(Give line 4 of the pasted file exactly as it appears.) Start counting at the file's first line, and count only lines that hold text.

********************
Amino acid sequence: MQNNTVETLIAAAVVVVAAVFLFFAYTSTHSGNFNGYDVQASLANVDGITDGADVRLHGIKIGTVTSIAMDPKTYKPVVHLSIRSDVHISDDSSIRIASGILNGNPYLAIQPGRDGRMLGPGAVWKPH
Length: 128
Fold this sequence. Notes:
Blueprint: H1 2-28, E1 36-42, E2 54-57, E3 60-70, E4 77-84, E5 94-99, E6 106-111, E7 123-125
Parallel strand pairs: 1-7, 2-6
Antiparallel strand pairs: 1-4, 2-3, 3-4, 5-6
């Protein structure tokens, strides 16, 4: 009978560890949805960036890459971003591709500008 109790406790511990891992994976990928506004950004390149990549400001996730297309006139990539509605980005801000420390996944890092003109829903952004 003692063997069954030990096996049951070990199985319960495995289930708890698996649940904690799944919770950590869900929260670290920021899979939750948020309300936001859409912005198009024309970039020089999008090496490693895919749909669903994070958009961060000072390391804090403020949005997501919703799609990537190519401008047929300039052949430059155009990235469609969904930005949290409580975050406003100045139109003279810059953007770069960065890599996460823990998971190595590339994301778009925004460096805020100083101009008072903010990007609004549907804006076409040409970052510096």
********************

Blueprint: H1 2-28, E1 36-42, E2 54-57, E3 60-70, E4 77-84, E5 94-99, E6 106-111, E7 123-125